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Strange paddle steamer ALLIANCE 1856

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Walter Snowdon:
For some time I have been trying to research a most unusual paddle steamer which was quite revolutionary in its time. This ship could also be linked to the article on BUNYIP in the chat section.
In 1854  George MILLS designed a revolutionary paddler for the Clyde estuary and with other huisnessmen started a company called the Clyde Improved Steamboat Co Ltd and the experimental steamer ALLIANCE was built to his design by Tod and Macgregor shipbuilders.
 She was a catamaran with several very advanced feetures of 140 feet by30foot beem. The following is a newspaper descrition of her.

  "The vesselis so designed that it is equaly the same which end goes first, nay, so constructed is a portion of her machinery that she may go latteraly or sideways like a crab, to go ahead , or to turn around in her own length like a pivot."
" Her shape is as follows: let an ordinary Clydesteamer of say, 140 foot long by 18 foot beem be taken with both ends alike, and be cut from end to end along the middle, each portion having one side built straight, so that it should form half a vessel, let these two halves be placed at a suitable distance from each other, so as to allow a paddle to work in a trough formed between them. The two parts are bound together, first with horizintal strips or braces below water at the keel, and again at deck level by means of beams and knees. The whole decked over and forming a broad ,firm platform with nothing protruding above it except the wheel, for machinary, boilers etc., will be placed in the hull below deck. Large salloons, with sides principaly of plate glass, will be placed on this platform and the whole decked over as a promenade. Two small paddle wheels, one at each end, worked by the donkey engine will be used for manoeuvring at piers". COULD THIS HAVE BEEN THE WORLDS FIRST BOW AND STERN THRUSTERS??.

ALLIANCE made her first trip on 3rd December 1856 and at 12 miles per hour proved rather slow for the racers on the Clyde. Her fully enclosed accomodation proved a great hit as did her full width promenade.
  She was then sold for service on the Mersey in 1861. Then in August 1863 She sailed for Nassau as a blockade runner and was captured at Savannah in april 1864.

She was sold by auction to a Boston company who altered her and sent her to MELBOUNE,  AUSTRALIA where she traded for a while. When gold was discovered in NEW ZEELANDshe went to to share the gold rush traffic and traded as "THE THREE FUNNELED, COVERED DECKED PADDLE STEAMER  ps NEW ZEELAND" trading  betwwen Dunedin ang the gold fields. after a couple of trips she  went aground at the entrance to Dunedin harbour and broke her back. There was no loss of life, but a great deal of her gold cargo was lost.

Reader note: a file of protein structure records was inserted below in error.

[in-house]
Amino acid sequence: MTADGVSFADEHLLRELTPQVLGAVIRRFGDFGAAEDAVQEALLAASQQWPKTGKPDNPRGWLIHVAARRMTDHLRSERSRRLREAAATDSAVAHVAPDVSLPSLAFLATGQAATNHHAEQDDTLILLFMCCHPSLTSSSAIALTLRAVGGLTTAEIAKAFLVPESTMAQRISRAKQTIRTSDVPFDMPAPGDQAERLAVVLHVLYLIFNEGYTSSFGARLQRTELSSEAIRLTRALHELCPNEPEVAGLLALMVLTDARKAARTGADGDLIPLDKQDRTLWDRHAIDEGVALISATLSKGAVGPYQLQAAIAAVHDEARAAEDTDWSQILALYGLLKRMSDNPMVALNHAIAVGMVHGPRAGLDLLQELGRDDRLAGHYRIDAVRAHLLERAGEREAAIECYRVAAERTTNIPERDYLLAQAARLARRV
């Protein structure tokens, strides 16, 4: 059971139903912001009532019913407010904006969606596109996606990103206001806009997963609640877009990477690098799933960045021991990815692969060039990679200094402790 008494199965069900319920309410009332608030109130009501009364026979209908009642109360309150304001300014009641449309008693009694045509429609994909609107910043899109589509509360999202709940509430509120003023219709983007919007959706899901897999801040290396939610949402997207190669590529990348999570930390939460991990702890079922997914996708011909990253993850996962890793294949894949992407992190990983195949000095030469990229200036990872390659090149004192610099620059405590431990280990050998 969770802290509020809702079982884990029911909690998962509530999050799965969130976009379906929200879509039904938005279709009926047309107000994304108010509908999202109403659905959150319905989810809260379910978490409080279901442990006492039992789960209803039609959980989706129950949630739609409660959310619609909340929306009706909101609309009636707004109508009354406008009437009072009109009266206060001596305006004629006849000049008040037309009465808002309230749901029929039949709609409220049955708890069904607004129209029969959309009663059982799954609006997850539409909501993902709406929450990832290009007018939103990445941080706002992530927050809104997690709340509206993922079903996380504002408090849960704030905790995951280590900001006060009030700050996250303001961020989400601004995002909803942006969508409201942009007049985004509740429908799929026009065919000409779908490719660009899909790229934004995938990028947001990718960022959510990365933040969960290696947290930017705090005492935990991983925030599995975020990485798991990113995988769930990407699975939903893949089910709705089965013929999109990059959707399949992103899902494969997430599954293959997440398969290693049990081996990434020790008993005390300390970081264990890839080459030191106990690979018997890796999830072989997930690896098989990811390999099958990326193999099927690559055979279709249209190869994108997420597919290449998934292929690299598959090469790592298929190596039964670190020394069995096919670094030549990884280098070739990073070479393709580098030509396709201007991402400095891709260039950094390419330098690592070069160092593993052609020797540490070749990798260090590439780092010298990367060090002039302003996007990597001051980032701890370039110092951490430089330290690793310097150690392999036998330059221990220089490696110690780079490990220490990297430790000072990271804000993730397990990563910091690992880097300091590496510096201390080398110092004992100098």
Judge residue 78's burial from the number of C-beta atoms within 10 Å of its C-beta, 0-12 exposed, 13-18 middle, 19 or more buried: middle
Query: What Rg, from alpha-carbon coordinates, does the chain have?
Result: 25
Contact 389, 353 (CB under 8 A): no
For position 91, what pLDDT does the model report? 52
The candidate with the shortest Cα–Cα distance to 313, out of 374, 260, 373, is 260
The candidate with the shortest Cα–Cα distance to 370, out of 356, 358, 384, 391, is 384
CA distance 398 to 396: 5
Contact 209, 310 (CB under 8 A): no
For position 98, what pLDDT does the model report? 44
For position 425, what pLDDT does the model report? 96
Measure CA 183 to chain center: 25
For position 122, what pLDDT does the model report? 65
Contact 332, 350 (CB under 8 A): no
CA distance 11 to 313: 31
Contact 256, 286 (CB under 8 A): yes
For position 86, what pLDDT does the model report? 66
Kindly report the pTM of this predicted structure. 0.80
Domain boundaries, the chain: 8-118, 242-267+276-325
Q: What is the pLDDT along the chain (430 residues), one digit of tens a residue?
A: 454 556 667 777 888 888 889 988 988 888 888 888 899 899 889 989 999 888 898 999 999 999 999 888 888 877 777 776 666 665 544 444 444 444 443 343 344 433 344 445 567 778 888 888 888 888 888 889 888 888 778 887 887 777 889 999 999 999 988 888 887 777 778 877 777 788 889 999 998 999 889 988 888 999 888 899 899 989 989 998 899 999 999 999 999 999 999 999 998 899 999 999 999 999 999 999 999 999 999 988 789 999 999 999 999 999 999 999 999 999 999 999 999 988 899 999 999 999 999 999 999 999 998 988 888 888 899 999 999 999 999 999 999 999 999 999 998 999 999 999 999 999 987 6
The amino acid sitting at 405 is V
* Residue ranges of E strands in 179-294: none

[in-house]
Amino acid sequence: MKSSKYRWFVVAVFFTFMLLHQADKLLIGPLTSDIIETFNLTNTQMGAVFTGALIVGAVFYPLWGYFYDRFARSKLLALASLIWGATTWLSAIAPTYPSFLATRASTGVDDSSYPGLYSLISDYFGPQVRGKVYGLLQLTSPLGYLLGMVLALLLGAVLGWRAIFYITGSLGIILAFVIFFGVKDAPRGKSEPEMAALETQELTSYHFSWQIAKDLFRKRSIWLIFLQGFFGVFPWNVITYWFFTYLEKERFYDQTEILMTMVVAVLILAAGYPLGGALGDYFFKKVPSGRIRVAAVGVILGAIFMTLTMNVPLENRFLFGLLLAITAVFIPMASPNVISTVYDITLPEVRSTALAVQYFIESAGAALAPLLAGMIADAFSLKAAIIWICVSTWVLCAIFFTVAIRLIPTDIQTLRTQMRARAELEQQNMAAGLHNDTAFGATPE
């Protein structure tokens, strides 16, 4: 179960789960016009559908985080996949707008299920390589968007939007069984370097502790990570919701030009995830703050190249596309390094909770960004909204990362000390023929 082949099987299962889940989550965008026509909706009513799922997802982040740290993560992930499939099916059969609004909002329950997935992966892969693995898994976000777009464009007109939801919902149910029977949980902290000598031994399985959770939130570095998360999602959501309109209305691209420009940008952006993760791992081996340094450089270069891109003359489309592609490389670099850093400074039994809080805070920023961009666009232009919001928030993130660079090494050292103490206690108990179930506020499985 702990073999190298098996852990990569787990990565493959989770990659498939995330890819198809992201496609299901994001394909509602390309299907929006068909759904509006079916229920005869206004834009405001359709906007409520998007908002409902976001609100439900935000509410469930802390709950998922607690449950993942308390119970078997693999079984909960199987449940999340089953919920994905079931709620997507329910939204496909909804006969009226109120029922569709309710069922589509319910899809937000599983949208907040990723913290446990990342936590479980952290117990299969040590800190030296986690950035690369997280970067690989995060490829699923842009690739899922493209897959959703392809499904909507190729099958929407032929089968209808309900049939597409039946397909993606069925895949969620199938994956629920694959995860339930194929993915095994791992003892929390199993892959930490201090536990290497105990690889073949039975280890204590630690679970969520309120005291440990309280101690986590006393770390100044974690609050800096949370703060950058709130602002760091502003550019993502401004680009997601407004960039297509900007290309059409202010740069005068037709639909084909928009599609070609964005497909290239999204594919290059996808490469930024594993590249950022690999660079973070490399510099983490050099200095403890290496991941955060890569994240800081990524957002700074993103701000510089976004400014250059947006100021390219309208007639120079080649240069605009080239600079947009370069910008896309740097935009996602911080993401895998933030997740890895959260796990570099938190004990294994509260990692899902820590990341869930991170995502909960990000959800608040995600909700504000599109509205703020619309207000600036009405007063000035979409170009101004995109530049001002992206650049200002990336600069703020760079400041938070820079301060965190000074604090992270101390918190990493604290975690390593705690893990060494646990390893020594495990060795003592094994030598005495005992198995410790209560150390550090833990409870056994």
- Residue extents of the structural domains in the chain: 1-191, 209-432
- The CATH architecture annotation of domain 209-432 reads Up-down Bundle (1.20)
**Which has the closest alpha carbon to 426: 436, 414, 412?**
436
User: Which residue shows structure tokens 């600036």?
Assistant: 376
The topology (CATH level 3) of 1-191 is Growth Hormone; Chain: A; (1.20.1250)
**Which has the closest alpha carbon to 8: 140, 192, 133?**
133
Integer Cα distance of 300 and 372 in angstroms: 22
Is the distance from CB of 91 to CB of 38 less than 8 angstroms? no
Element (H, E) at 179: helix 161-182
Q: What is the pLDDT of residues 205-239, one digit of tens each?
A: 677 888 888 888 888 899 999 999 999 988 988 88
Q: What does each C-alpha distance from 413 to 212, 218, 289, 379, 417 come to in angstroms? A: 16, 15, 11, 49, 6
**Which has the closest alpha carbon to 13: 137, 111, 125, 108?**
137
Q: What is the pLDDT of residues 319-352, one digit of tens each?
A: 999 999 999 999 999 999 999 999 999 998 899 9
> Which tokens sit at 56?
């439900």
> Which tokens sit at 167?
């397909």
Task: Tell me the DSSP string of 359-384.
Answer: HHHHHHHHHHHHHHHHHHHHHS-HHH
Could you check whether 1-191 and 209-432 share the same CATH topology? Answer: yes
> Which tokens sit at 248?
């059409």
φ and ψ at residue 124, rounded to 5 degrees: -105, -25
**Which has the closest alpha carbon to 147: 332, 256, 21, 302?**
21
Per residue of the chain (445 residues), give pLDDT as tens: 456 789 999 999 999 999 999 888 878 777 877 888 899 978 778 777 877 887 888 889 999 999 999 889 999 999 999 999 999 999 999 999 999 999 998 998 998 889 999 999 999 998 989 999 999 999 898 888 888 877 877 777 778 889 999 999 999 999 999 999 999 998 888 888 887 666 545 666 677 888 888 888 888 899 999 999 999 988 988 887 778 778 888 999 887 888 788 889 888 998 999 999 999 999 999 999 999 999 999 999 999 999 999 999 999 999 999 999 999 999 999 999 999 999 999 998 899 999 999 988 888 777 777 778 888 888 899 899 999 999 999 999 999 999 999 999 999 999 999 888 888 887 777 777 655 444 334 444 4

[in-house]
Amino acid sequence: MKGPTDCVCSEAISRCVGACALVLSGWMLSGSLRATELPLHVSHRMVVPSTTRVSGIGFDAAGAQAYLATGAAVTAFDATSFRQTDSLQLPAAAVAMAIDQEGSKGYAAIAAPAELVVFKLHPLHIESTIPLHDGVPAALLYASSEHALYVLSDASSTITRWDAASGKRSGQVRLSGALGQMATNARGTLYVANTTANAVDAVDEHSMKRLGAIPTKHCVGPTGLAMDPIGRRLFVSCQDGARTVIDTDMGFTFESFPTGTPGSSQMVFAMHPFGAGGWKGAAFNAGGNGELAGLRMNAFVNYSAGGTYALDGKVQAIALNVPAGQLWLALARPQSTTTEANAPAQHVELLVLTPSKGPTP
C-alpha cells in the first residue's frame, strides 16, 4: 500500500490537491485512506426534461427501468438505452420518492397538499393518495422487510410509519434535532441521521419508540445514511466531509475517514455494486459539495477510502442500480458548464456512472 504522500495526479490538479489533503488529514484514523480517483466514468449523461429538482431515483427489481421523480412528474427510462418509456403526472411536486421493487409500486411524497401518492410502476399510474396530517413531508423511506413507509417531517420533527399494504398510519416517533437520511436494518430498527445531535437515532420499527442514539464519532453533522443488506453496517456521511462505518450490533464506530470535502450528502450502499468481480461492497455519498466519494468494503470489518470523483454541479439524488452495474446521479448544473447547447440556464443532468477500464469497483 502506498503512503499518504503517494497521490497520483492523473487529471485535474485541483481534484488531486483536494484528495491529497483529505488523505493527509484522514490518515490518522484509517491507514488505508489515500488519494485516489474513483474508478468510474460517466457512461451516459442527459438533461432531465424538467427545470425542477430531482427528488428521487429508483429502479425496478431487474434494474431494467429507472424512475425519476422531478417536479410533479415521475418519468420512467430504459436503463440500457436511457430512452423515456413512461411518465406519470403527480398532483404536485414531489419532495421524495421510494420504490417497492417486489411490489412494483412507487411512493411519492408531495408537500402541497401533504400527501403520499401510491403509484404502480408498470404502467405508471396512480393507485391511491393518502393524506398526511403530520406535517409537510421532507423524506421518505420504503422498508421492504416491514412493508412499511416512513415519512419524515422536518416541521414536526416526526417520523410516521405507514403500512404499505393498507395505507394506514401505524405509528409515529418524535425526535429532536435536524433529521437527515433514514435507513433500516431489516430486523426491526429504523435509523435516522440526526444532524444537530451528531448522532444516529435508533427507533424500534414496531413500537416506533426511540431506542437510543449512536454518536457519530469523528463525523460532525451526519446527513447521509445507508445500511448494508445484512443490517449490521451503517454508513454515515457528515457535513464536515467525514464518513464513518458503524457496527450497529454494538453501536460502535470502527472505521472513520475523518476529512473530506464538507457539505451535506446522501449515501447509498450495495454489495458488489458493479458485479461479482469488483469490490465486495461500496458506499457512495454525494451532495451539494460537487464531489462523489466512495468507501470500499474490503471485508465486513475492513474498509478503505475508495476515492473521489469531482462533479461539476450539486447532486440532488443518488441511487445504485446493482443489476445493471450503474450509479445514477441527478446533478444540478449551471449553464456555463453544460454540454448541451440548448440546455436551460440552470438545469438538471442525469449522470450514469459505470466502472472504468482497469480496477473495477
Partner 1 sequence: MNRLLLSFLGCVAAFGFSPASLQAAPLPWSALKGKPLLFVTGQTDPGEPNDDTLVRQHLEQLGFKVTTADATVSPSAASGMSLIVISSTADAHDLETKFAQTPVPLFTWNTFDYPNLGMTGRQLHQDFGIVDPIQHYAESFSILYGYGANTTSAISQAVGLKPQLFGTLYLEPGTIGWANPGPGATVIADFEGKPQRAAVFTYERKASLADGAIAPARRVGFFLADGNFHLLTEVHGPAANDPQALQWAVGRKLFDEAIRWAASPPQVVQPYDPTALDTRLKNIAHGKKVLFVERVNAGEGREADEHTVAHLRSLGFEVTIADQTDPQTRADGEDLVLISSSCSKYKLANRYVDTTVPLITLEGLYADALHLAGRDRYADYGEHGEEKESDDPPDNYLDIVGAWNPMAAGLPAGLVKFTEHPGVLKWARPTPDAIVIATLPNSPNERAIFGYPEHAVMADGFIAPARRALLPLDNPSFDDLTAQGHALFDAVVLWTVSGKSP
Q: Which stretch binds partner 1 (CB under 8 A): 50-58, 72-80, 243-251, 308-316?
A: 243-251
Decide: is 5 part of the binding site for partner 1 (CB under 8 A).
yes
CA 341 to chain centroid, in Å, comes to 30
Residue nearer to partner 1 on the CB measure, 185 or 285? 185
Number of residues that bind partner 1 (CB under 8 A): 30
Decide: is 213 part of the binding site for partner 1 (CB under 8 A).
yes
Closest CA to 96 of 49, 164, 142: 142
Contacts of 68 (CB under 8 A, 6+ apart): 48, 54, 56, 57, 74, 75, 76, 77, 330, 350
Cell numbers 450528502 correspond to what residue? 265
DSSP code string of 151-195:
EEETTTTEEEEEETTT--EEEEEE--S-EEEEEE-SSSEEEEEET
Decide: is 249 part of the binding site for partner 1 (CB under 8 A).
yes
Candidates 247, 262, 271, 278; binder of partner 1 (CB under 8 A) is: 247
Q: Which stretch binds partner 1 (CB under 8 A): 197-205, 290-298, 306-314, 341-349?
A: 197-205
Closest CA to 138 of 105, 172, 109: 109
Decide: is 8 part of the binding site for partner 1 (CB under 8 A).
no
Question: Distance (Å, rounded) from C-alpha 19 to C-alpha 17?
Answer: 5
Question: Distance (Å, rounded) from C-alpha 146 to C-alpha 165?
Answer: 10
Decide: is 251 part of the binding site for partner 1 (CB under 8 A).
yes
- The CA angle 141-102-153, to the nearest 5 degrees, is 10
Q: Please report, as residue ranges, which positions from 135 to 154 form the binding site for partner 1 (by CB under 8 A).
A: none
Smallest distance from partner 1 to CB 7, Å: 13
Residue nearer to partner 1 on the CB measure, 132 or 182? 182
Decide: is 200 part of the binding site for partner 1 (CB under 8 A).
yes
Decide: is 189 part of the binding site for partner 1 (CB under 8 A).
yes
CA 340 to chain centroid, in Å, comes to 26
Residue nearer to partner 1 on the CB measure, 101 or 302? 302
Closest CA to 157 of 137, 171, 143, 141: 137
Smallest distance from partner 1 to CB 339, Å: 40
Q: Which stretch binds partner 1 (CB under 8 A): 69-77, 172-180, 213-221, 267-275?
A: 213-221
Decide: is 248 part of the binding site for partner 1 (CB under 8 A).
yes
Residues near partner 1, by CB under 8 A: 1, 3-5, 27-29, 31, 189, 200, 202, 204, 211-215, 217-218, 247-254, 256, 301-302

So there we have it , a catamaran centre wheel sea-going paddler with bow and stern thruster, totaly encosed accomodation which sailed around the world, serving on three continents.
 Her design predates BUNYIP by 5 years, and I wnder, did her Australian builder get his ideas from articles published in the Scottish press?

There is a full contemporary description of ALLIANCE in  ECHOES OF OLD CLYDE PADDLE WHEELS by Andrew McQEEN published 1924 and reprinted 2001. There is also a good three page article on her in MODEL SHIPWRIGHT with illustrations, though I cant find my copy at present. Any one who can throw further light on this interesting ship would be most welcome. Cheers, Walter.

There is also an article in the 1985 issue of Clyde  Steamers, the Clyde River Steamer Club magazine
 This has a picture of a model of her credited to  the Merseyside Maritime Museum, so I imagine that museum may still have the  model in their reserve collection.
 There is an engraving of her in New Zealand after she was  converted to a conventional side-wheeler as well
 Alistair Deayton

Email reply, imported by  Paddleducks Mail System.


As I just said in the Bunyip item, the Bunyip was the second centre wheeled steamer built for/by William Randall.   I Know the Bunyip was 100 feet long and the Gemini was 77 feet long.  

I have the width of each hull of both the Bunyip and Gemini (not with me right now) but I am yet to determine the distance between the hulls.

After having already posted that the fore wheel was for steering I think I have mis-interpreted the text and that it may have only said there was a smaller wheel at the bow.  Will have to re-read that section.

I will also re-check the build date for the Gemini.  I still suspect the Alliance was built before the Gemini.  I will attempt to scan and post the photo of the Gemini.  It is sitting moored at Mannum with a barge.  The photo was taken in the 1860's and is therefore poor quality.  I think the barge is in front of the Gemini which is why I am having difficulty with it.

Sean Bryan:
I just recently read somewhere that the Bunyip may have had a second paddle wheel on one of the two hulls to make it easier to turn sharp bends...but nowadys its hard to know whats fact or fiction

Martin - according to the OZ publication I often refer to "Ships of the Inland Rivers" - PS Gemini was built in 1855 - from your comments I think you must also have a copy- I tried to scan the image from page 78 but as you said with the poor quality of the original snap 30mm x 50mm enlarged to A4 is totally usless - Derek


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